The Catholic archbishop in Jerusalem on Monday strongly criticized Israel’s “police invasion” last week of a Christian hospital ahead of the funeral of slain Al Jazeera reporter Shireen Abu Akleh.
The veteran journalist was shot dead during an Israeli army raid in the West Bank. Palestinians and the TV network said Israeli troops killed her, while Israel said Palestinian gunfire may have been to blame.
Anger over her death was compounded Friday when baton-wielding Israeli police in annexed east Jerusalem beat pallbearers carrying Abu Akleh’s coffin which was covered by a Palestinian flag.
The Latin Patriarch of Jerusalem, Pierbattista Pizzaballa, on Monday condemned “Israel’s police invasion and disproportionate use of force” at St Joseph’s hospital, where her body was being held.
At a press conference at the hospital, he criticized Israeli police for “attacking mourners, striking them with batons, using smoke grenades (and) shooting rubber bullets”.
Police had stormed the hospital, “disrespecting the church, disrespecting the health institute (and) disrespecting the memory of the deceased,” said Pizzaballa, speaking on behalf of the bishops of the Holy Land.
The hospital is owned by the Sisters of St Joseph of the Apparition, a French-founded congregation that has been present in former Palestine and Israel for nearly 200 years.
- Chaotic scenes –
Israeli police have vowed to investigate the chaotic incident, which sparked widespread condemnation including from the United States, European Union and United Nations.
Those calls echoed global demands for an impartial probe into the death of Abu Akleh, a Palestinian-American, who Al Jazeera said was killed by Israel “deliberately” and “in cold blood”.
Israel’s army has said it was not yet clear if she was killed by stray Palestinian gunfire or by Israeli sniper fire aimed at nearby militants in the West Bank flashpoint district of Jenin.
Israeli police have meanwhile offered a series of explanations for the unrest on the day of her funeral. In a police video, an officer is seen telling the crowd that the procession would not commence until the crowd stopped “nationalistic”, or Palestinian, chants.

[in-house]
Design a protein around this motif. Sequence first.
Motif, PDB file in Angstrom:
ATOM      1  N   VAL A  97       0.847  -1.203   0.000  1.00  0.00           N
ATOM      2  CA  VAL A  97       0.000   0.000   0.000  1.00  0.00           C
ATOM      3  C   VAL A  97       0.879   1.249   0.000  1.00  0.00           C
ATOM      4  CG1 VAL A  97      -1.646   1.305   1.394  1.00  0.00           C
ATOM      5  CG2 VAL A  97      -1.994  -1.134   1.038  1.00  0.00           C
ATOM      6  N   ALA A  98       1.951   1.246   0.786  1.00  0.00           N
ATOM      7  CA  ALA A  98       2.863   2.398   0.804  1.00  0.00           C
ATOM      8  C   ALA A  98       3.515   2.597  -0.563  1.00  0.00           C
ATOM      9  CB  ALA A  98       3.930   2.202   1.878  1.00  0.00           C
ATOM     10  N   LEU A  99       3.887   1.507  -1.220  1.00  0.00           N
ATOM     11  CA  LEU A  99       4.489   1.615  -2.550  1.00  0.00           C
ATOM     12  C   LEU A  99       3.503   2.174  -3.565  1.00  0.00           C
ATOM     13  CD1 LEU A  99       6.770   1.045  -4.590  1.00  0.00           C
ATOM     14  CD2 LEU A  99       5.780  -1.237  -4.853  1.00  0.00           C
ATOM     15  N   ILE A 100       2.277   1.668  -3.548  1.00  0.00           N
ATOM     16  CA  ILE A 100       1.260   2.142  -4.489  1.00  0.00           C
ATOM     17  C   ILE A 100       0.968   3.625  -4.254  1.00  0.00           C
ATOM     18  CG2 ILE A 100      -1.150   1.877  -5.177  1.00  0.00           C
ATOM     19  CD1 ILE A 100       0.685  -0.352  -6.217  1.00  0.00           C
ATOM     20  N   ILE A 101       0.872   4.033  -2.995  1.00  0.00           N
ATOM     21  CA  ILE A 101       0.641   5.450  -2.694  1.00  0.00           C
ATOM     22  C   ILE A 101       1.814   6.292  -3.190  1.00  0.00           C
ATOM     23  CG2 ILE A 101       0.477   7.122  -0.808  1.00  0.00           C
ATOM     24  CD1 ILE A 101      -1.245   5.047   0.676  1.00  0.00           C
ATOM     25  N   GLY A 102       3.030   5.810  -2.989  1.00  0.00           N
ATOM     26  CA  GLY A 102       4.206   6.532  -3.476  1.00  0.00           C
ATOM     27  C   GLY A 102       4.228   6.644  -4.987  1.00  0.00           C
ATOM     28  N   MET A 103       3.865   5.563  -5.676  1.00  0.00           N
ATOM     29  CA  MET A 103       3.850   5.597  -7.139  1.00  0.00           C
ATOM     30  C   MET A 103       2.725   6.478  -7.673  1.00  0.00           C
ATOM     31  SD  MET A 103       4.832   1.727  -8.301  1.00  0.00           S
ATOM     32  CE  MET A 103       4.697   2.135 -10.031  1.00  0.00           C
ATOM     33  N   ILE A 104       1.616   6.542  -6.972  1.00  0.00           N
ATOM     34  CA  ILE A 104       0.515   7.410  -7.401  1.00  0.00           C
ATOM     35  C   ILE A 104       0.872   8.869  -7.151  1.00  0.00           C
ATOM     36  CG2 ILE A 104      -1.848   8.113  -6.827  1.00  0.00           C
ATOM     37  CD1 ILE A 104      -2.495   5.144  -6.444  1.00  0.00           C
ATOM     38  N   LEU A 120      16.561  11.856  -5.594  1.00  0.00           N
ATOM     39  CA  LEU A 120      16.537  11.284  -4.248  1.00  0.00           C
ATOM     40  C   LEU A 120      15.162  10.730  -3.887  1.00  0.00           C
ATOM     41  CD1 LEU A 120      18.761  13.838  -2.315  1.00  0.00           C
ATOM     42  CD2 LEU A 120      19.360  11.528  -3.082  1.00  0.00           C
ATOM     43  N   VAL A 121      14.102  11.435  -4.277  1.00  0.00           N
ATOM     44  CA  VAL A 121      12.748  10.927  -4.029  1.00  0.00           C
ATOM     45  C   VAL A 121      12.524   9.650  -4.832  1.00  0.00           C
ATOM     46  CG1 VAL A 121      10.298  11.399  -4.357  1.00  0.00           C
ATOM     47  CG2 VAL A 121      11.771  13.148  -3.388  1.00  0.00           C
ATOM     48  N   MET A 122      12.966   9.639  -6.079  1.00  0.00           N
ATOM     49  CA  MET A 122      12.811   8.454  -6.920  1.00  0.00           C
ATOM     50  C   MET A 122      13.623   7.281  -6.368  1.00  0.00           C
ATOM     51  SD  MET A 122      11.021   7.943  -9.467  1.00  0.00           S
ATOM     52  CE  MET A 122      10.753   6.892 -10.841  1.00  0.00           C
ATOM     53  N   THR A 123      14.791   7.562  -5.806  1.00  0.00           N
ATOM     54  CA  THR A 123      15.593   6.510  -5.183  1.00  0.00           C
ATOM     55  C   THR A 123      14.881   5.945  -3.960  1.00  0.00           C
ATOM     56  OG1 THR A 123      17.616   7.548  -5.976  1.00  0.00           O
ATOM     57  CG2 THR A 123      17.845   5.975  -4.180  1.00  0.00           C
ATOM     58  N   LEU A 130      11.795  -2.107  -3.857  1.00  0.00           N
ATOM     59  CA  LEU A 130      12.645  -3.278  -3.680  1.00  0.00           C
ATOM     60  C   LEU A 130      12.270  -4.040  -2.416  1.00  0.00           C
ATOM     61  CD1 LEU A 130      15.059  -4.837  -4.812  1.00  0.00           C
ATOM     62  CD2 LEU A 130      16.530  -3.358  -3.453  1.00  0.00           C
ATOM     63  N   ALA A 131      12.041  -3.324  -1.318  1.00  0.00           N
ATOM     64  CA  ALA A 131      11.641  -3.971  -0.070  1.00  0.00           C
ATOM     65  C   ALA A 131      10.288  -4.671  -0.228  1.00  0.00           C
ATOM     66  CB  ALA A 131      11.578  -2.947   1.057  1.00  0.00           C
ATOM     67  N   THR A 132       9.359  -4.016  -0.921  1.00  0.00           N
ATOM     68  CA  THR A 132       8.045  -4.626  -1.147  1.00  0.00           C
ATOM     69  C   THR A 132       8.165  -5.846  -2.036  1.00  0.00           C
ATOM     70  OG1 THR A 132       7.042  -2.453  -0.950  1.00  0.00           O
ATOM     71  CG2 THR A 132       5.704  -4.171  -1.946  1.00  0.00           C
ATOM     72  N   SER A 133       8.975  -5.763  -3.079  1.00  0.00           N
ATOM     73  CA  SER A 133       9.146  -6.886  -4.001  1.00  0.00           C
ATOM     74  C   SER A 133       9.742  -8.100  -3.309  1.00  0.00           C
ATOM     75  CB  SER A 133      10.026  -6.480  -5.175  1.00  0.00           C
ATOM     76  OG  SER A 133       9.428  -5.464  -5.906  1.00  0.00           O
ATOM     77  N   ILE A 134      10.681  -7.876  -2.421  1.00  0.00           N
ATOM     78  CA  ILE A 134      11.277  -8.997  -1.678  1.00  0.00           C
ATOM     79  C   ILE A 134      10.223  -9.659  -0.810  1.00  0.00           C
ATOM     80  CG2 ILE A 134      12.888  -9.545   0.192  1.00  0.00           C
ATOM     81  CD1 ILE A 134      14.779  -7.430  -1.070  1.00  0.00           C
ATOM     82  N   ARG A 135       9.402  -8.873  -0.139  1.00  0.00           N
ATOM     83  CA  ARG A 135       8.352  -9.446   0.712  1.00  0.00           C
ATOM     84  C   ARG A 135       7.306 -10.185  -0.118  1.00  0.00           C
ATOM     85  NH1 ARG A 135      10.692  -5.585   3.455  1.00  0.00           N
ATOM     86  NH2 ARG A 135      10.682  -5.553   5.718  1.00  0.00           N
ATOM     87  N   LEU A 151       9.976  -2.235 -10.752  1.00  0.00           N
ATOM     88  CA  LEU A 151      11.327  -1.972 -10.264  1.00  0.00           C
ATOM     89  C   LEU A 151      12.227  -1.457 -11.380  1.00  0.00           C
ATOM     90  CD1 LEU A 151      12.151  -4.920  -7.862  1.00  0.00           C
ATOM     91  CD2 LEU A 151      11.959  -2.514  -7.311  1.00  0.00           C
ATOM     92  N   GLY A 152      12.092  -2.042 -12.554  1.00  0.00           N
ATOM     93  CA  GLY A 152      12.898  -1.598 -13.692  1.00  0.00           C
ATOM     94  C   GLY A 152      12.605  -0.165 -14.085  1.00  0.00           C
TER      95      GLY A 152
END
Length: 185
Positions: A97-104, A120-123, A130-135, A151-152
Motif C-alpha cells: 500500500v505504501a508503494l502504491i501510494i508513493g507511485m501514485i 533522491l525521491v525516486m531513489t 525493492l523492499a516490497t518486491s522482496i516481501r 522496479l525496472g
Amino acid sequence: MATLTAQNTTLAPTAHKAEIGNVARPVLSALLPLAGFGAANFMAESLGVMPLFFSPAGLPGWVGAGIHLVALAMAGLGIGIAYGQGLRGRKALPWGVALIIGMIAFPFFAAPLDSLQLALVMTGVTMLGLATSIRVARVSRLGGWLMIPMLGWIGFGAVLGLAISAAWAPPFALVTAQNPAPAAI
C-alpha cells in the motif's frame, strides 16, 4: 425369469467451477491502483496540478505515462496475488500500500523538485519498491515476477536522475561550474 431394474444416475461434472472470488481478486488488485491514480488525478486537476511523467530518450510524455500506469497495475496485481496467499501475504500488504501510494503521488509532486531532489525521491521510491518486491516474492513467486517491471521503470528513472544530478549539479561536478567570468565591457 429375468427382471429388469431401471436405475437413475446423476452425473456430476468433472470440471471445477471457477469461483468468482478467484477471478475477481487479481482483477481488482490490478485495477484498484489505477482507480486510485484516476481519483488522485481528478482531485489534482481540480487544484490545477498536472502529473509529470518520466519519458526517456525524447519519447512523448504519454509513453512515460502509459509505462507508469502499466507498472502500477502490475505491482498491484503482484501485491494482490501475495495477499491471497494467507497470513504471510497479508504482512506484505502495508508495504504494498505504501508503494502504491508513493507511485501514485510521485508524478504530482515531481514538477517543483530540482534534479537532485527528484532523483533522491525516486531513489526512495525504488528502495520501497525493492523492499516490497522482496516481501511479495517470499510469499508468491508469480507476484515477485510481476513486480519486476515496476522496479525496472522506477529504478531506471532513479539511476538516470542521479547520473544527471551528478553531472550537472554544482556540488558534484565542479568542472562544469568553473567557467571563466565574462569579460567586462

Israeli forces frequently crack down on individuals publicly expressing their Palestinian identity, including by waving the flag.
They have also said they were compelled to act to uphold the plans for the funeral agreed with the family, which were being disrupted by a “mob” made up of some “300 rioters”.
The Abu Akleh family has categorically rejected the police version of events.
The late journalist’s brother Anton Abu Akleh said that police had called him the night before the funeral to insist there should not be “any Palestinian flags, no slogans and no chanting”.
When the family arrived at the hospital on Friday, police already seemed poised for unrest, he explained, saying “the roads were blocked, (officers) were fully armored, ready for a riot.”
He urged accountability over the “savage” Israeli action.
- ‘Absolutely gratuitous’ –
Lina Abu Akleh, the late journalist’s niece, said that a police officer “threatened to beat me if I didn’t move out of the way”, and that she hid inside the hospital once the police started throwing stun grenades at mourners.
St Joseph’s director Jamil Kousa told AFP that he had spoken to police outside the hospital on Friday and pleaded that the procession be allowed to go ahead “peacefully”, but that officers explained it would be blocked if mourners shouted Palestinian national “chants.”
Father Luc Pareydt, advisor for religious affairs at the French Consulate in Jerusalem who was also at the press conference, told AFP he was struck by how “calm and dignified” the mourners were before the police raid.
A spontaneous joint prayer between Palestinian Muslims and Christians broke out in the hospital yard before the raid, he said.
The Israeli response, he insisted, “was absolutely gratuitous and completely unjustified in terms of proportionality.”